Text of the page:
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Report: ‘Clean Missouri’ repeal could dilute minority representation in state Capitol

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Missouri presidential primary 2020

“With the coronavirus going around, I am trying to minimize the spread of germs,” said poll worker LaVerne Mahoney of Dellwood, who uses Lysol wipes to wipe down public areas and equipment for patrons voting in the Missouri presidential primary 2020 on Tuesday, March 10, 2020, at city hall in Creve Coeur. Mahoney and several other poll workers took it upon themselves to regularly use disinfecting wipes to clean equipment and areas used by voters. The County provided the hand sanitizers and wipes for public use. Photo by Laurie Skrivan,,

JEFFERSON CITY — A Republican-led ballot initiative asking voters to overturn a new legislative redistricting process would leave more than a quarter of all Missourians uncounted, leaving some communities with less representation in the Capitol than others, a new report says.

According to the Brennan Center for Justice, Amendment 3 would base new maps of House and Senate districts on the number of U.S. citizens who are over age 18.

That could leave places with large populations of children, including St. Louis and its suburbs, with less political influence than places with an older population base.

At issue is a GOP effort to undo the 2018 Clean Missouri ballot initiative that was approved by 62% of the voters.

The initiative made Missouri the first state to require a new nonpartisan demographer to draw state House and Senate districts to achieve “partisan fairness” and “competitiveness” as determined by a specific mathematical formula. An Associated Press analysis shows the formula is likely to lead to Democratic gains in 2022 while dropping Republican majorities closer to the more even partisan division often reflected in statewide races.

The Legislature’s revision would repeal the nonpartisan demographer position and relegate “partisan fairness” and “competitiveness” to the bottom of the criteria list behind such things as compact districts that keep communities intact. It also would expand a pair of existing bipartisan redistricting commissions and make them responsible for drawing district boundaries, as was the case in the past.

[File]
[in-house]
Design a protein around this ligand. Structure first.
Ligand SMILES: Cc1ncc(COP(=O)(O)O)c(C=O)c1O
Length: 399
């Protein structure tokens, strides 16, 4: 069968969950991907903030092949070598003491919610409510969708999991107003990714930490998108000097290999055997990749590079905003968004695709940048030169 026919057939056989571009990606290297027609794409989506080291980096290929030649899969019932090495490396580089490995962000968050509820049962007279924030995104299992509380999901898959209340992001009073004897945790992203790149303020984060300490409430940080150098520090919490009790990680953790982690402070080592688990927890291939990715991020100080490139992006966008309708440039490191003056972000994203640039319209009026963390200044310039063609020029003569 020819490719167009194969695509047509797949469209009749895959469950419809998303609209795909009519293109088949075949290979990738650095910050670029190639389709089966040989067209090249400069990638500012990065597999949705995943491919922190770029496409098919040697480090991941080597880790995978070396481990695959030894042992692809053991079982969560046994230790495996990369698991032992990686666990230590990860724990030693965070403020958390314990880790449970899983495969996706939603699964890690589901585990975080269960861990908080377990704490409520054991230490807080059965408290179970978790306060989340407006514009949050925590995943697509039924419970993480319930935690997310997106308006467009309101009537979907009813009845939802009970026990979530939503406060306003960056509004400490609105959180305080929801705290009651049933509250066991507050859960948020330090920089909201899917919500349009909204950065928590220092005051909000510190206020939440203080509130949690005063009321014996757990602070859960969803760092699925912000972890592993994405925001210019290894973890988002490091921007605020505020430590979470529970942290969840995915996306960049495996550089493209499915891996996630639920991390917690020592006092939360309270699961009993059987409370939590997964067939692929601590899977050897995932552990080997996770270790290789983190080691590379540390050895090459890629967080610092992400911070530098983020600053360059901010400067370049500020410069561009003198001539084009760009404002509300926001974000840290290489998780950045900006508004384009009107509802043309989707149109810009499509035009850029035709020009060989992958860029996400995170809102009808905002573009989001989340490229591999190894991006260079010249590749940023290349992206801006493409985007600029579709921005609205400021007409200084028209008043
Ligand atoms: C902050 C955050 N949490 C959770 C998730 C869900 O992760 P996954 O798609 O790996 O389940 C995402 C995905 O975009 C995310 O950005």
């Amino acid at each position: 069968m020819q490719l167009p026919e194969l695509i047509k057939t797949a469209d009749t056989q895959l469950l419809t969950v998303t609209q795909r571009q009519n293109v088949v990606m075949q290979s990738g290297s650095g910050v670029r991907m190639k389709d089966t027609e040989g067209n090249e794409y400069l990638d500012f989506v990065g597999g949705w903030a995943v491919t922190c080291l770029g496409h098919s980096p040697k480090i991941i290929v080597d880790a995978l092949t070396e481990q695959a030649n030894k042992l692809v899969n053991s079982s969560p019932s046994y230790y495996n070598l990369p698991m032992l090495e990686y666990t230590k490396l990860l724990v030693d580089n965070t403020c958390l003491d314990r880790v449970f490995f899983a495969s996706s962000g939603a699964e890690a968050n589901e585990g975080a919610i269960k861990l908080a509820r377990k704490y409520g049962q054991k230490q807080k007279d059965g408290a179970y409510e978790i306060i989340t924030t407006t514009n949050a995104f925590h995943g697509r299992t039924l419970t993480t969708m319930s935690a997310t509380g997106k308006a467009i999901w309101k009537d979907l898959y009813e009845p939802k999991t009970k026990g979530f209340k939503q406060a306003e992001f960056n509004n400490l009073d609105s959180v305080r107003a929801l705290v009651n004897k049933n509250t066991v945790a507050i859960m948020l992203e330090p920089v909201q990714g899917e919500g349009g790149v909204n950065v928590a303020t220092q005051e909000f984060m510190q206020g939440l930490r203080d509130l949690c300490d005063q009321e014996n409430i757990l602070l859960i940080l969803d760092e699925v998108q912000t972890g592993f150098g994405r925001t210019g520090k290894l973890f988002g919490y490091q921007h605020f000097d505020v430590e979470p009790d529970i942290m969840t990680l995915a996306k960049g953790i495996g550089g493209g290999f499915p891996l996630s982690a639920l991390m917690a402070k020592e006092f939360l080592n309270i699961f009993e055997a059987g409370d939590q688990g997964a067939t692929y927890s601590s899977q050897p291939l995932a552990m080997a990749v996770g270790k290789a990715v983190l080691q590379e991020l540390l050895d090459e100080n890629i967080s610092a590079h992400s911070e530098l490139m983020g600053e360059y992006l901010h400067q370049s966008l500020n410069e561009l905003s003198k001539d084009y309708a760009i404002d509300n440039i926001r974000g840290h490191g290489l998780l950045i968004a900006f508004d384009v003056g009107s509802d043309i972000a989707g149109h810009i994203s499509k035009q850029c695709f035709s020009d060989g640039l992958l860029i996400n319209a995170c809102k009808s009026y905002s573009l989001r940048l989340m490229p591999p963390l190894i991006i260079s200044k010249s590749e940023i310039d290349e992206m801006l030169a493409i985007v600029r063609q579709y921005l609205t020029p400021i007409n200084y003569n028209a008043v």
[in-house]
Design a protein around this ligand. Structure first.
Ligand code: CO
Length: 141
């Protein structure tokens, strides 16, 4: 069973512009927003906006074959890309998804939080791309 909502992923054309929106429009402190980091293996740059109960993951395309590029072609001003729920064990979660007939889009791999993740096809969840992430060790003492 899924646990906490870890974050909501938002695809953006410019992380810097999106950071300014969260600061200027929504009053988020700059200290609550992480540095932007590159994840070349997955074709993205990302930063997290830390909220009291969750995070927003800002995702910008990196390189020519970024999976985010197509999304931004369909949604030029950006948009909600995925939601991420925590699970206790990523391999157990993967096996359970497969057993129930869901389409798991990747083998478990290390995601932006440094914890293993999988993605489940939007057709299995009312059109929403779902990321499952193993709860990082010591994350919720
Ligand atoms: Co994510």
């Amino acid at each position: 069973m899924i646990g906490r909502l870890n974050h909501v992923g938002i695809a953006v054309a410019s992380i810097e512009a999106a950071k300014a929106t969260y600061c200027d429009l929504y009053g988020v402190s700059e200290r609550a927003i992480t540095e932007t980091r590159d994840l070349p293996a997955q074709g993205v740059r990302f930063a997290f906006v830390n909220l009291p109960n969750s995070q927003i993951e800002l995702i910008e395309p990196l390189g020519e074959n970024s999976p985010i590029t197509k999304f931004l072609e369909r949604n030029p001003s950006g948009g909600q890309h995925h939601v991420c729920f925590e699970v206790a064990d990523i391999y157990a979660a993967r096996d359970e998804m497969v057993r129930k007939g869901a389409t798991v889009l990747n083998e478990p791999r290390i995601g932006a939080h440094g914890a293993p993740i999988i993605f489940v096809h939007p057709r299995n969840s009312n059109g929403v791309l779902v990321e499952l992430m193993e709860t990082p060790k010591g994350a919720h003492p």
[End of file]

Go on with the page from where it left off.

Every 10 years, political districts around the nation are redrawn to make sure they are equal in population.

Currently, all 50 states use total population when doing this, which ensures that everyone is considered when drawing district boundaries.

Amendment 3 would make Missouri the first state in the nation to exclude children and noncitizens from the map-making process.

In the report, Yurij Rudensky, redistricting lawyer in the Brennan Center’s Democracy Program, said the change could have an outsized effect on minorities.

Whites make up roughly 79.5% of all Missourians but more than 83% of adult citizens.

“Thus, under adult citizen apportionment, the white population would account for a larger percentage of those counted for representation than it does under total population apportionment,” the analysis notes.

For example, while 21% of Missouri’s white population would go uncounted, 28% of Missouri’s Black population, 54% of its Asian population, and 54% of its Latino population would be erased when district lines are drawn.

It also wouldn’t account for children turning 18 over the course of the decade the maps are in place, allowing for swings in population within certain districts.

“Such a change would be a radical departure from current practice and historical norms,” Rudensky notes. “And any attempt to draw maps based on adult citizens would leave Missouri vulnerable to a host of lawsuits.”

State Solicitor General John Sauer, of the Missouri attorney general’s office, acknowledged the change during an Aug. 28 court hearing on the ballot language.

“(My) understanding of that is that one is based on absolute population and the other is based on the number of voters. So ‘one person, one vote’, the criteria is based on the number of actual eligible voters in a relevant district, as opposed to an absolute population,” Sauer said.

Rather than defend the change, Sauer added that it is up to voters to determine whether the change should be made.

“And by using the phrase one person one vote, the voter is placed on notice that ‘here is a new criteria,’ and if the voter is interested in that particular issue, how are we changing things from what they were before,” Sauer said during the hearing.

The Associated Press contributed to this article

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